Person

Wendy Stone

Creator Affililation: 
Swinburne University of Technology
Centre for Urban Transitions (CUT)
Australian Housing and Urban Research Institute

Associate Professor Wendy Stone leads the research group that was awarded the 2016 Vice Chancellor's Research Excellence Award in recognition of outstanding housing and urban research and its impact.

Wendy is Academic Leader of the Housing Opportunity & Spatial Equity Theme within the Centre for Urban Transitions and is Director of the AHURI Swinburne Research Centre. Wendy holds numerous Category 1 competitive ARC and AHURI research grants and industry awards. She is leader of the annual national housing scholars' symposium, publishes for academic and community audiences, is engaged in policy development and debate in housing issues, is a regular media contributor and supervises higher degree research students. Specialising in the use of innovative quantitative and qualitative methodologies to address policy-oriented research questions, Wendy has an extensive policy-research record, most notably in the fields of family and community wellbeing, children/young people's housing, housing aspirations and innovative policies to address these, income, wealth and life-opporutnity inequalities and social inclusion/social capital. Previously, Wendy held senior positions at the Australian Institute of Family Studies and the Australian Housing and Urban Research Institute (AHURI Ltd). 


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Commentary

27 Jun 2017

The great Australia dream of owning your own home is still alive despite the various problems plaguing housing affordability, new Census data shows. Even though the overall home ownership trend remains strong, it’s masking other issues.

The latest 2016 Census data assesses what the...

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Article

03 May 2017

The concentration of disadvantaged people in certain parts of cities is almost always seen as undesirable by urban researchers and policymakers. But is this always the case?

Our research demonstrates that it isn’t...

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Research report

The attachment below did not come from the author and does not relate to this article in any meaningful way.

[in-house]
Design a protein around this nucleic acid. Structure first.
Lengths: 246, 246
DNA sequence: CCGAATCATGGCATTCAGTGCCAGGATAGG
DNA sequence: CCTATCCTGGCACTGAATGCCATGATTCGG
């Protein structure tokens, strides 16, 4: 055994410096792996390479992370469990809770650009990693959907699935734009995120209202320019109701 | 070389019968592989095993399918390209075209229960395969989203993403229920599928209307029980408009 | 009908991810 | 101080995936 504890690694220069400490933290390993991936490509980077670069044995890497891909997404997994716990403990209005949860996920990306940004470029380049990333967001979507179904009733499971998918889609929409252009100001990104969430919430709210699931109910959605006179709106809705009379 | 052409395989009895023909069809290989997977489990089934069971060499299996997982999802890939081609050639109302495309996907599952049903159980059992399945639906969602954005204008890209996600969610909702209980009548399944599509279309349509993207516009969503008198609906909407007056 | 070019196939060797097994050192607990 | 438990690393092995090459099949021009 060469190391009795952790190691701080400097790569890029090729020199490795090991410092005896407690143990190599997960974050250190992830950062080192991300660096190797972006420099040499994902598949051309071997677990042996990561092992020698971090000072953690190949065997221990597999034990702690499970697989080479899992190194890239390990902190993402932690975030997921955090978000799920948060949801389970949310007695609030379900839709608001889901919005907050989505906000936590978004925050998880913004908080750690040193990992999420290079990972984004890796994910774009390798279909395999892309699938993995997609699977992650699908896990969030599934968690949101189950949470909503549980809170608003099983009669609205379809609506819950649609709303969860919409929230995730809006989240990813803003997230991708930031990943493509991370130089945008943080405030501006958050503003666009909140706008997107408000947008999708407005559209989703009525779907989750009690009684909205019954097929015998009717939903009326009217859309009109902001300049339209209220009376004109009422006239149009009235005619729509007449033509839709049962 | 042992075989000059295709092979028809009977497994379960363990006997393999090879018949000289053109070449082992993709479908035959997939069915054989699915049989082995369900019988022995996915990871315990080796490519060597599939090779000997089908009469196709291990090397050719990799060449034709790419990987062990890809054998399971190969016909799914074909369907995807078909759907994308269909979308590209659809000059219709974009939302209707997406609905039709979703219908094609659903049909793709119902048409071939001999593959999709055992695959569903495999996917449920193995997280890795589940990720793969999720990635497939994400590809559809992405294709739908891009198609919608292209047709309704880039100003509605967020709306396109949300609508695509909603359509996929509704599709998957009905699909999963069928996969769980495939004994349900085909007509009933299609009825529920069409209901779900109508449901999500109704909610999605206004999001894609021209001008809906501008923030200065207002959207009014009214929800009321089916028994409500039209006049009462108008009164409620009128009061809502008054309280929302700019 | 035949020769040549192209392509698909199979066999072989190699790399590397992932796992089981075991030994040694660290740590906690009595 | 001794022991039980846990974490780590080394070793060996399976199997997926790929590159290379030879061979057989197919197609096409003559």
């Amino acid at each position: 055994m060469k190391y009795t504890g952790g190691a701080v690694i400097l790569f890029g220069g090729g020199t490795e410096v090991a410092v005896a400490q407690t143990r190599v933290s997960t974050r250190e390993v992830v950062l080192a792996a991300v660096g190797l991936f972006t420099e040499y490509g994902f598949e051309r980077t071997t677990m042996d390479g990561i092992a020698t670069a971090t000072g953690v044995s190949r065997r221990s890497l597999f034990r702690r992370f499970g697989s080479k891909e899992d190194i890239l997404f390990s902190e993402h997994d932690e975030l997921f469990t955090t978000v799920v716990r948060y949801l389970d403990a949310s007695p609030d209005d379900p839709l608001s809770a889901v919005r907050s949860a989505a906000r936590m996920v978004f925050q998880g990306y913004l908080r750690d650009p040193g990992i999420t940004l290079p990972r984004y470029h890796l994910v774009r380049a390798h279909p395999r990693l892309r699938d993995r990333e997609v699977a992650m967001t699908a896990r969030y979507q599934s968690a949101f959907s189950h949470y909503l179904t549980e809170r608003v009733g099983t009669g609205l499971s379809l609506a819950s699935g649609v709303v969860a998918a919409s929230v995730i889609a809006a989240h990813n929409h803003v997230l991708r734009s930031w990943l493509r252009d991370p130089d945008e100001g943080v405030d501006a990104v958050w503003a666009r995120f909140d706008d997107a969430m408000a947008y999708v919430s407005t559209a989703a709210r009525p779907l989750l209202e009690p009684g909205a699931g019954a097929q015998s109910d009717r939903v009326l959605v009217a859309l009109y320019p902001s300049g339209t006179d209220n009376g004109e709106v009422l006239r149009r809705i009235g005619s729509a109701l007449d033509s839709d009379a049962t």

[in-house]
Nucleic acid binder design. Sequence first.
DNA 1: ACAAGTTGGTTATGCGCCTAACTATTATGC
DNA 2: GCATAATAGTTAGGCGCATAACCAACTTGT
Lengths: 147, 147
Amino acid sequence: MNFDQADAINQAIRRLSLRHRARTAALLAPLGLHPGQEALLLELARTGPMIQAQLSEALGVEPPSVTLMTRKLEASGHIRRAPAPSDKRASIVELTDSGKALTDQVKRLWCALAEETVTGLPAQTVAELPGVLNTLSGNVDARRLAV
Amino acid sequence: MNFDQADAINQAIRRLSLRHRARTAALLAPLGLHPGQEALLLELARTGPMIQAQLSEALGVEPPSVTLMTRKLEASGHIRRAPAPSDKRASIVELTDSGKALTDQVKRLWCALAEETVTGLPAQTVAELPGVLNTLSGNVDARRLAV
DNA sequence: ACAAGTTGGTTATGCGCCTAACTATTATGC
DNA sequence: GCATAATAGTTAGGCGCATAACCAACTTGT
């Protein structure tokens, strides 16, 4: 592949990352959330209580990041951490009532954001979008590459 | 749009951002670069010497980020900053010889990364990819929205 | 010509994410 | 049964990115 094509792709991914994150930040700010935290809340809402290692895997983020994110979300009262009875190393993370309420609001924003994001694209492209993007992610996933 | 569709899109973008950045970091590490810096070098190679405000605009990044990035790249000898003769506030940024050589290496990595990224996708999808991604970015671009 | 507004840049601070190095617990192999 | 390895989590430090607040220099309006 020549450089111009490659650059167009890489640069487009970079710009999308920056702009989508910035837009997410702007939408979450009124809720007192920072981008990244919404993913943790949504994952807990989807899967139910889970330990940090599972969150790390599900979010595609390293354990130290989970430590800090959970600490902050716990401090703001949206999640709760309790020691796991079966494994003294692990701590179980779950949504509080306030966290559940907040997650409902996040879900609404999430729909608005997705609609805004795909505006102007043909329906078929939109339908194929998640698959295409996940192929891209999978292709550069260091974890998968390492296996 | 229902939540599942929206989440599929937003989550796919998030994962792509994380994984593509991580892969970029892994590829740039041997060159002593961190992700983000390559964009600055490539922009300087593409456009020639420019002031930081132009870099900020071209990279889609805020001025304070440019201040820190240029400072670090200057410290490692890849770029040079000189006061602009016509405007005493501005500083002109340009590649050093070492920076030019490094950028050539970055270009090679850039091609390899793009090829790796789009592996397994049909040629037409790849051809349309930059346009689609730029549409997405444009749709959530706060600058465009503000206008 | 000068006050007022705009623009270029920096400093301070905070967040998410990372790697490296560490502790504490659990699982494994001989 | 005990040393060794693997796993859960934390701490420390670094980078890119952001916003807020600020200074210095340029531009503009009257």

22 Dec 2016

Recent evidence suggests households exposed to unaffordable housing include children, young people and their families. We know remarkably little, however, about the magnitude of this problem, and are only beginning to understand some of the ways these trends affect the childhoods and...

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Research report

22 Dec 2016

Many households exposed to unaffordable housing include dependent children and young people (Rowley and Ong 2012; Stone et al 2013). We know remarkably little, however, about the magnitude of this problem, and are only beginning to understand some of the ways these trends affect the...

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Research report

30 Aug 2016

This report considers the findings from an evidence-based policy inquiry into individualised forms of housing assistance which assessed whether their implementation could lead to improved services and better outcomes for low-income and vulnerable households. It sets out future policy options...

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Research report

04 May 2016

This research recommends that housing assistance be provided under a tenure-neutral model. Currently households with similar needs receive fundamentally different levels and types of housing assistance depending on their housing tenure (i.e. owner, private renter, in social housing etc.) rather...

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Research report

05 Feb 2016

The private rental sector has grown significantly and is now home to more than 1.8 million Australian households. This growth has been linked to higher demand from households who are taking longer to save for a house deposit, as well as more strictly rationed public housing. Despite this growth...

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Research report

23 Dec 2015

The private rental sector has grown significantly and is now home to more than 1.8 million Australian households. This growth has been linked to higher demand from households who are taking longer to save for a house deposit, as well as more strictly rationed public housing. Despite this growth...

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Research report

17 Aug 2015

The research sought to measure  whether lower income households are able to access housing which is ‘affordable’ based on weekly rent of no more than 30 per cent of gross household income and ‘available’ referring to the extent to which affordable dwellings are in fact occupied by lower income...

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Research report

10 Jun 2015

The research sought to measure  whether lower income households are able to access housing which is ‘affordable’ based on weekly rent of no more than 30 per cent of gross household income and ‘available’ referring to the extent to which affordable dwellings are in fact occupied by lower income...